What the hell’s going on?
‘Hypnotism,’ Grainger said, ‘is mesmerism, cleaned up and cut down to size. The point about mesmerism was that it involved what was called rapport – operator’s and subject’s minds all tangled up with each other, subject in deep trance, but operator in mild trance, too. The modern medical profession likes a comfortable distance between doctor and patient; or what kind of authority would the weaker brethren be able to command? So Braid worked out a method for getting some of the mesmeric phenomena by remote control. He found that if you put a bright object before the eyes of a subject and got him to gaze at it persistently, he went into something like mesmeric sleep. You could then control him by suggestion, induce analgesia, that kind of thing. But none of this telepathic or clairvoyant nonsense. Best of all, he gave it a new name, derived from a nice reassuring Greek root, like all the best scientific terms.’
George said morosely: ‘I don’t see what all this has got to do with Ruth and the kid.’
‘I’ve been talking about my personal views,’ Grainger said. ‘I think modern medicine is pretty good on the structure of the body, not quite so good on the structure of the mind, and distinctly inadequate on the relationship between the two. Sorry if I’ve been boring you, but I’ve been trying to explain why my being the doctor wallah doesn’t help in this case. My own branch of medicine is strictly physical. I’ve not looked much at the psychological fields because I mistrust their premises.’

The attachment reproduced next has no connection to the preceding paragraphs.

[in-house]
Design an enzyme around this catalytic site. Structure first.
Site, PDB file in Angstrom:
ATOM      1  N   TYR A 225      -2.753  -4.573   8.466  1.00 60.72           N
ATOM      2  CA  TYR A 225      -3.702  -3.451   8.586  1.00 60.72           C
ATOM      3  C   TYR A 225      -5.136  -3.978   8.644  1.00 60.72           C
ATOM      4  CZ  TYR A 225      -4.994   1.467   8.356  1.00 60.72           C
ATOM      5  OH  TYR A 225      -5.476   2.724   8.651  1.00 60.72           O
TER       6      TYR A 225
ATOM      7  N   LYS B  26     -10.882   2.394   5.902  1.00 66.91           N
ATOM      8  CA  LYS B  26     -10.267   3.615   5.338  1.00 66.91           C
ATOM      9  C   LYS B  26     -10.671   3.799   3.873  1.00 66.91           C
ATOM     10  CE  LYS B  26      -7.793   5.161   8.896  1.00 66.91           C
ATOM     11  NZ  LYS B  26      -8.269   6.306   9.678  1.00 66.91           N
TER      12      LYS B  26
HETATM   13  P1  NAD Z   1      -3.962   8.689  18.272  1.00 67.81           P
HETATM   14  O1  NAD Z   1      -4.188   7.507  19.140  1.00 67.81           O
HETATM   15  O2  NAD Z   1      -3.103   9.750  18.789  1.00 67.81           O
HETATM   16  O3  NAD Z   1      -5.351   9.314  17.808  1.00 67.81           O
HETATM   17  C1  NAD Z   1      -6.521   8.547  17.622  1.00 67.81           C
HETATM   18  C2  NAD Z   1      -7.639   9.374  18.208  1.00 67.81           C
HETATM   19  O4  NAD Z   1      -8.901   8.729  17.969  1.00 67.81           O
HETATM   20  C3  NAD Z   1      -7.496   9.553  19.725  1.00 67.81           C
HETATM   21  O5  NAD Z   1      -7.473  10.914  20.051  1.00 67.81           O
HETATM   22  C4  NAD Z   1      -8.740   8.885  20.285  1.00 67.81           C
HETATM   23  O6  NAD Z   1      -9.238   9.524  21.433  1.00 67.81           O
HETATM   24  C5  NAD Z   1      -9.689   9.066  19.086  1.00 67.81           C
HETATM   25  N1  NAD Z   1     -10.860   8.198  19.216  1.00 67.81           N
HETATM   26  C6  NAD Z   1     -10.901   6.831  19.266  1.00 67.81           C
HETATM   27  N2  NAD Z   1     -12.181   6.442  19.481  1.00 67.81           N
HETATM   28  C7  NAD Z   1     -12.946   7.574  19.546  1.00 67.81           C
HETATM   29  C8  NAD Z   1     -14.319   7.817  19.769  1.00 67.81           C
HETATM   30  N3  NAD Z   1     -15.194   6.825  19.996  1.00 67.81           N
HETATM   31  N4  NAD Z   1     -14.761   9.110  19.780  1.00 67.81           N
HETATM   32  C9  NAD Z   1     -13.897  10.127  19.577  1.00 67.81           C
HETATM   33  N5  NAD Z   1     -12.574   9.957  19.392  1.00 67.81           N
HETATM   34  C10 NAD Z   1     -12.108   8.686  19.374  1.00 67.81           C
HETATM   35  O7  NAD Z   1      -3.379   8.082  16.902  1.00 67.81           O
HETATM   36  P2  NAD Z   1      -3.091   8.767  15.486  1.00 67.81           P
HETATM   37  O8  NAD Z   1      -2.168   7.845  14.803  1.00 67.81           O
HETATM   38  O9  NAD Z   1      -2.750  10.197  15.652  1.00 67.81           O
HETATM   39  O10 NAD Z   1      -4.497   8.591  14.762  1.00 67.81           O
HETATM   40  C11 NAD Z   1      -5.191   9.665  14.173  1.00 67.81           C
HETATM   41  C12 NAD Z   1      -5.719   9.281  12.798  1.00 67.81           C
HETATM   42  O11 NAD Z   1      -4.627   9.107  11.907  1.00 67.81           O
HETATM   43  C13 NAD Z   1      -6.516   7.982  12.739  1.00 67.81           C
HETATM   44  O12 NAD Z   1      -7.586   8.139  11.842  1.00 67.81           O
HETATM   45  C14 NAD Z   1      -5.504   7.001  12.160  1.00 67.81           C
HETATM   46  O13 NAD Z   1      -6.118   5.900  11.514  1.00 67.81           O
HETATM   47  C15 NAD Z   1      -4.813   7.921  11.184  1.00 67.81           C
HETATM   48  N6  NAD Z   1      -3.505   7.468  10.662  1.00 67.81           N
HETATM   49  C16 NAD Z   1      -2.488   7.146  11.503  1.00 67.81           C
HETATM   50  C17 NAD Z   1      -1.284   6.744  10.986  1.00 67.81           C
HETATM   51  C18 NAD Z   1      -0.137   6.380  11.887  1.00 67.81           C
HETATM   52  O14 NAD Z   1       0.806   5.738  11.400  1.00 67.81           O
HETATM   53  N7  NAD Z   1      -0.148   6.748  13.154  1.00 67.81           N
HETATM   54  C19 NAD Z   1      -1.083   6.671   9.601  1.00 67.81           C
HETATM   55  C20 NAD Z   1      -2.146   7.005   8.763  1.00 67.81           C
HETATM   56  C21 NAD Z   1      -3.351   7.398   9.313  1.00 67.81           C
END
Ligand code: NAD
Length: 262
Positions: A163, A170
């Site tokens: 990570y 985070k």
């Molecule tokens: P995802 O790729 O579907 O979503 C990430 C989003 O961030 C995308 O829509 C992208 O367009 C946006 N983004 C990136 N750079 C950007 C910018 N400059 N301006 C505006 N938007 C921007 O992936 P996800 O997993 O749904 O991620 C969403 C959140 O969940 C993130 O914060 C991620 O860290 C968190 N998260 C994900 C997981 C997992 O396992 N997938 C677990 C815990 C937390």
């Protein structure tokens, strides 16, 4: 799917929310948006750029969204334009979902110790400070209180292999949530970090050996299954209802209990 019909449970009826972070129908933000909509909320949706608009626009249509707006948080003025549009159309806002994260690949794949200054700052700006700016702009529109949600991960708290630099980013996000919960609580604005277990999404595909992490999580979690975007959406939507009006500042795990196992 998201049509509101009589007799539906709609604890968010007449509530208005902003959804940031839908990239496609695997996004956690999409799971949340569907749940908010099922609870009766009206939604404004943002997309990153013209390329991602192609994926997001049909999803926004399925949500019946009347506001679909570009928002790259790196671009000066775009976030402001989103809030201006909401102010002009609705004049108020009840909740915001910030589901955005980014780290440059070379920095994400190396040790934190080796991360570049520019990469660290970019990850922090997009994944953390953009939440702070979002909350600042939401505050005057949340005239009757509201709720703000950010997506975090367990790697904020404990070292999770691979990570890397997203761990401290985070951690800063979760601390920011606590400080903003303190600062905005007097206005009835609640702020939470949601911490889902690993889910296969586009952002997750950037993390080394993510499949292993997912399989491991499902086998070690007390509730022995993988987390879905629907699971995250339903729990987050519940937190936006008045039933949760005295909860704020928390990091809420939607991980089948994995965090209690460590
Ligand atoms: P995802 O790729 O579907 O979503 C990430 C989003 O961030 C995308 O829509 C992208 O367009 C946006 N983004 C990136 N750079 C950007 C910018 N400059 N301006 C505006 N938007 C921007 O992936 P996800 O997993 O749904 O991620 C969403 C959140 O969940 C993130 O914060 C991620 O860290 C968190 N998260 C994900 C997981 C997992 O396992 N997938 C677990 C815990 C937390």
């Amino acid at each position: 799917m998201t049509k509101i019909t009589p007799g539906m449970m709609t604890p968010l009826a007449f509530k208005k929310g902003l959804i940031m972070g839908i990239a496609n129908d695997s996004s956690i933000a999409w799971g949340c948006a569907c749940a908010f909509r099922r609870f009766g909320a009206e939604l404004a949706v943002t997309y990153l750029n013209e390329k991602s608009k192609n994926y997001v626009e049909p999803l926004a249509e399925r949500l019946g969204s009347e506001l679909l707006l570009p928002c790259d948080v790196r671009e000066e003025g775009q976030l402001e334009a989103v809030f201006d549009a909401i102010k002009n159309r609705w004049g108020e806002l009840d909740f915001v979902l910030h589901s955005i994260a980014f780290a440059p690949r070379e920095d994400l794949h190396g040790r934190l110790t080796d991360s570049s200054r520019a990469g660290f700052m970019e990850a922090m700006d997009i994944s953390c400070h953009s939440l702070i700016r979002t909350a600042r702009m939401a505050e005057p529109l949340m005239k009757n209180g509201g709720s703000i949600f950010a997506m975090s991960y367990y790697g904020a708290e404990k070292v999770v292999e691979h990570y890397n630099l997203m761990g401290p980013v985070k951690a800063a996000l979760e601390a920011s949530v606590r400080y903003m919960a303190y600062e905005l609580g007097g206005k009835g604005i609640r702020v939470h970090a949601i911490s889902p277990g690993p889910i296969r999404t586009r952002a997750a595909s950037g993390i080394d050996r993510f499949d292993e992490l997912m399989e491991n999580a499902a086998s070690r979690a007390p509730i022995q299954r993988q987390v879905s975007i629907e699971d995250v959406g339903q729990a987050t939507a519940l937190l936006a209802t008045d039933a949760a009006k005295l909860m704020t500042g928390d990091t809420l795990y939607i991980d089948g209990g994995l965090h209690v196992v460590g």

Douglas said: ‘Fair enough. But it was you that said the boy was dead in the first place, and you that said it was a medical certainty that he couldn’t have survived being out there for that length of time.’
‘Not so extraordinary. We are all conditioned to the usual. Catalepsy of that order is a very rare state. Surviving several hours’ exposure to a severe winter night is rare, too, when the subject is a little boy in pyjamas and bare feet. The exceptional is not something you go looking for. You wait till it’s thrust down your throat, and then you forget it, or explain it away, as soon as you can. I knew a Freudian psychiatrist once who saw a ghost. He had it accounted for, of course – a trick of light and sound, making up an hallucination – but he was honest enough to admit that, for some hours until day broke, he had believed that what he thought he saw had reality. When was he right – when he had had time to marshal his defences and rationalise things, or immediately after the experience itself?’
‘Ghosts,’ George said. He poured more drinks for himself and the others. Douglas put a hand over his own glass, to prevent this. ‘Look, Selby, all we’re asking you is what the hell’s going on?’
Grainger took his glass, contemplated it, sipped and smacked his lips.
‘Afternoon drinking,’ he observed, ‘has a frisson all its own. What’s going on? Well, something odd.’
‘Christ! We know that.’